As a child, I often faced brutal stereotyping on my daily journey to school, but even more painful was the pigeonholing inflicted on me on my first day in a new primary school: I was placed in a remedial class for a few years because the natural assumption was that I could not speak English.
But Paul - things are better now. Thanks to the sterling efforts of the race relations bodies you hate so much. 
when the Conservatives are castigated for being uncaring over the next few years, I ask hon. Members to remember that I am somebody's son, father, brother, husband, cousin and friend and that in their eyes one could not find a person further removed from that caricature.
Er… firstly, you're meant to be looking after people who aren't your relatives and friends, and secondly they - like you - don't live in your constituency. 


My verdict - dumb, dumb, dumb. Largely a collection of classic Conservative clichés mixed with a helping of shoulder-chips topped off with a large helping of lies and insinuation. I can confidently predict that Mr. Uppal will not be drafting groundbreaking legislation, publishing beautifully-crafted memoirs or scaling the heights of power, unless Tory HQ decide that they need a Sikh minister to make them look less racist. 


Sorry about the messy presentation - Blogger is resisting my efforts at neatness.

The eagle flies at midnight

I'm quite enjoying this Russian spy scandal. One of the set-pieces whenever these stories come around is the confected outrage expressed by the 'victims', in this case the US. It implies that such behaviour is beyond the moral pale, whereas every country does it, all the time. The US has spies in Russia, as does the UK, and Russia spies on both countries. They're all at it because they see each other as political and commercial rivals.

In the last decade, we have had two major expulsions of our spies in Moscow, who were caught on film red-handed trying to do exactly what the FBI caught the Murphys at. In one case, the British resident spymaster used a mentally unstable junior Russian diplomat, Platon Obukhov, to spy on his father, a former Soviet deputy foreign minister and one of the main negotiators of the intermediate nuclear forces treaty removing medium-range missiles from Europe.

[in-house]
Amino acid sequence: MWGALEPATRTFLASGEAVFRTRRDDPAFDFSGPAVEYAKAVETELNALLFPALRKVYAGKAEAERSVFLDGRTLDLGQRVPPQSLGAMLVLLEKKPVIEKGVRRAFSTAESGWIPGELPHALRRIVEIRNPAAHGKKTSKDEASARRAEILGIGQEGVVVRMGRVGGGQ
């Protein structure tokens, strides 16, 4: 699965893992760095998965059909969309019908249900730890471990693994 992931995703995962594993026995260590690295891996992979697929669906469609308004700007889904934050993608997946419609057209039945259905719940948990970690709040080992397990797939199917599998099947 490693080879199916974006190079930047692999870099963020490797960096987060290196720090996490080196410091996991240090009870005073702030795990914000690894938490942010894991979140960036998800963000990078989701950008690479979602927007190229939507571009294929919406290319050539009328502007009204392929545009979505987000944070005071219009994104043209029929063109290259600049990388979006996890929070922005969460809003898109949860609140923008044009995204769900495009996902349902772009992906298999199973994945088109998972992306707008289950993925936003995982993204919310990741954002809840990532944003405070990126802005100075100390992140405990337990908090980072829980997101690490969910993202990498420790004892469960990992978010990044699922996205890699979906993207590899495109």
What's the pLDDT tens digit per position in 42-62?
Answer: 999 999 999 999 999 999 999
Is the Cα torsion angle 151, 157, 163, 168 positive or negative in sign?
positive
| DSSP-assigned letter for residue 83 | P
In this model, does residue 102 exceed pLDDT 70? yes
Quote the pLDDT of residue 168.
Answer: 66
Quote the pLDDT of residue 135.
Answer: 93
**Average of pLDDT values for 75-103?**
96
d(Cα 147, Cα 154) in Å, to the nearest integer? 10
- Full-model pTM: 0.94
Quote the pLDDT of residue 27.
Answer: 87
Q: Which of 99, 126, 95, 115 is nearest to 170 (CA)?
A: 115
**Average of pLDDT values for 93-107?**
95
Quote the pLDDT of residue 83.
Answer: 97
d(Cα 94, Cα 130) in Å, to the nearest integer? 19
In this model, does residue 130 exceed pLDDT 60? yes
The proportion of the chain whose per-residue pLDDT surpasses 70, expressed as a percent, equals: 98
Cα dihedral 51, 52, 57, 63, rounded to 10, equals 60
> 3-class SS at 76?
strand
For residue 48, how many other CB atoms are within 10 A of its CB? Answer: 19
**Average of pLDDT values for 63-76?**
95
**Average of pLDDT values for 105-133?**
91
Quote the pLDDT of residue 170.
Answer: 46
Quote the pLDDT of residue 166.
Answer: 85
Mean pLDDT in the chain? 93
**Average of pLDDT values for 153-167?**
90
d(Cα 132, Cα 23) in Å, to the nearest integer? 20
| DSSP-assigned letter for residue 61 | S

The real hypocrisy is the self-righteousness expressed when they catch others at it.

Two aspects interest me. Firstly, these 'spies' seemed to do little more than gather gossip and publicly available information. So why are they being treated more harshly than the Israeli spies (and here, and here) in the US (and let's not forget Israel's repeated forgery of allied countries' passports, the kidnapping of Mordechai Vanunu from Italy and the sinking of the Rainbow Warrior). Rosen and Weismann were let off because the 'secrets' they disclosed (on US-Iran attitudes) weren't hugely secret - I assume these Russians will get off on the same grounds, and be expelled for immigration/passport offences.

The other thing that caught my eye was this delightful statement by a neighbour of one of these super-spies:
They couldn't have been spies," said Jessie Gugig. "Look what she did with the hydrangeas."

Tuesday, 29 June 2010

Off the wagon?

As you may know, I'm on a book diet. It's now ten days since I bought a book.

That doesn't, obviously, include books for work, even though I buy them myself. I am trying to cut down on those too, however. It's becoming a miserable experience, peeking into my pigeonhole and seeing only pigeons roosting undisturbed by the postman. But it's good for me. Time to become slightly less capitalist.

A work book came today: Lea and Schoene's Posting the Male: Masculinities in Post-War Contemporary British Literature. I really hope the rest of the book is up to that pun. A bargain at £25.

Grandma, what big teeth you have!

You know that I have a problem with the police - too many of them think that a uniform gives them the right to bully citizens.